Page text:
A team of Finnish researchers has identified a signature of SNPs associated with genetic predisposition to prostate cancer that could be used to determine which men with benign prostate hyperplasia are at risk of later developing malignant disease.
In a recent study, which the group presented in a poster at the annual European Association of Urology congress in Milan last month, the team identified 10 markers with a statistically significant association to risk of developing prostate cancer for men who currently have BPH.
Leena Saaristo, one of the study authors, told PGx Reporter in an email that the team hopes the results could eventually lead to a test for heightened cancer risk in men who have been diagnosed with BPH. Such a test could help physicians make decisions about targeted screening and more aggressive treatment.
"The BPH patients carrying these high risk alleles are at increased risk of developing prostate cancer [and] for some of the SNPs, the risk ratio in BPH patients was even higher than in [the] general population," she wrote. "These BPH patients with risk alleles could be [a] potential population for targeted prostate cancer screening and follow-up."
Saaristo noted that the researchers have to validate their findings before the gene signature can be used clinically. "If clinical use is valid we have connections via [the] Institute of Biotechnology [at the] University of Tampere to help with the development towards commercial solutions," she said.
In the study, Saaristo and her colleagues analyzed biopsy samples from 262 patients diagnosed with histologically confirmed BPH who didn’t develop cancer and 254 patients originally diagnosed with BPH who did later develop prostate cancer. The group genotyped the patient samples for 100 SNP markers that they and other groups had previously linked to prostate cancer predisposition using a massARRAY platform from Sequenom.
Overall, 10 of the 100 SNPS showed a statistically significant association with future cancer development. One in particular, RS138213197 in the gene HOXB13, was more strongly predictive. According to the authors, BPH patients carrying the mutation had a 4.6 times higher risk of eventually developing cancer than those who did not carry the SNP.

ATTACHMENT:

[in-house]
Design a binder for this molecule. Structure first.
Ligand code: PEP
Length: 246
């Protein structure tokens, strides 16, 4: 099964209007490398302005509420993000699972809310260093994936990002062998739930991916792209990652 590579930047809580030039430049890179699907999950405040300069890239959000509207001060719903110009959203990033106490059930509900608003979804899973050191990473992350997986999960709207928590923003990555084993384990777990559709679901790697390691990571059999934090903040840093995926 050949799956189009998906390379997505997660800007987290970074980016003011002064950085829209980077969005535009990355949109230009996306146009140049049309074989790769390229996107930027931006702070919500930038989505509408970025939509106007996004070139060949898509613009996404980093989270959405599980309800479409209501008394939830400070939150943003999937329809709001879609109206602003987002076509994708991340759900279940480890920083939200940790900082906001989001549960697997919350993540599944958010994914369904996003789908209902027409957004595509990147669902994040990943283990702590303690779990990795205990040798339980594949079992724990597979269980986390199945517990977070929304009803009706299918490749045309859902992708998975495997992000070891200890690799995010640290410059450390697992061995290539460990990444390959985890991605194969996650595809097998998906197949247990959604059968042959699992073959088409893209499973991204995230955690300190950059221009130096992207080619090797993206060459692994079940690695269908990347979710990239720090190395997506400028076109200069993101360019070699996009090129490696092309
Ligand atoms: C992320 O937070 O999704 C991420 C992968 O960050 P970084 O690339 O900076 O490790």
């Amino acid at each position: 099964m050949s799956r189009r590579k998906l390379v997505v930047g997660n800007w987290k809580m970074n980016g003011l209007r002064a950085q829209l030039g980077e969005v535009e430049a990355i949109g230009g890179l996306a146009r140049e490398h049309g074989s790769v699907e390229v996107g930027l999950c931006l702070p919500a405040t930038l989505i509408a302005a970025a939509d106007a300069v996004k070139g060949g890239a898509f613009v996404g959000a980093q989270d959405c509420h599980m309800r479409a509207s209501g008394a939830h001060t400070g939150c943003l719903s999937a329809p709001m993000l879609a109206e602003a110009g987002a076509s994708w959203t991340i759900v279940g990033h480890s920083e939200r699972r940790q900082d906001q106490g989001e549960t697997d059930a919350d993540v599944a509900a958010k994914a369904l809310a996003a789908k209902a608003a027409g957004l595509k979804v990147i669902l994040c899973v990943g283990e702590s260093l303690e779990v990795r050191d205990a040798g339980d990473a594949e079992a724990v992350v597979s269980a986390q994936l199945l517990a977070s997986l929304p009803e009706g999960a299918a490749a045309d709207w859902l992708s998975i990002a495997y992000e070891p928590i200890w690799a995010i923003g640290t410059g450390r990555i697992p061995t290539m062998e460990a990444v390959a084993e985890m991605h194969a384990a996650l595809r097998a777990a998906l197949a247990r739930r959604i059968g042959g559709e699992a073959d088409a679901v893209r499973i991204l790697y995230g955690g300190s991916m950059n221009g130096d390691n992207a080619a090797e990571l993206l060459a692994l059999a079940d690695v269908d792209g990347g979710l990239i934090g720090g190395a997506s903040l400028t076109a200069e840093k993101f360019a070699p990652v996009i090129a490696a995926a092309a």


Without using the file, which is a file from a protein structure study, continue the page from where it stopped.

Interest in developing predictive tests and risk-assessment tools for prostate cancer has been spurred by the desire to replace or augment prostate-specific antigen screening, which is known to suffer from a lack of specificity, resulting in substantial overdiagnosis.
Benign prostatic hyperplasia and prostate cancer are both usually discovered after men show elevated levels of PSA. According to the study authors, although BPH often explains the increase of PSA in absence of cancer, some, but not all, patients with BPA and elevated PSA go on to develop prostate cancer in follow-up after initial benign histology.
Several commercial tests have already entered the market that aim to shore up the specificity of PSA screening. Others — like Myriad's Prolaris and Genomic Health's Oncotype DX Prostate — offer additional prognostic information that can be used to rate a tumor's severity and aggressiveness for patients who already have a prostate cancer diagnosis (see related story, this issue).
According to the Finnish team, its approach ─ focusing on BPH and established prostate cancer risk markers ─ is unique. If the researchers are able to replicate their findings, one or more of the SNPs they identified could serve as a tool to pick out which BPH patients require closer monitoring or possibly preventive treatments.
The group is now planning to follow up with another study in a different population of patients, "potentially with the help of our foreign collaborators," Saaristo said.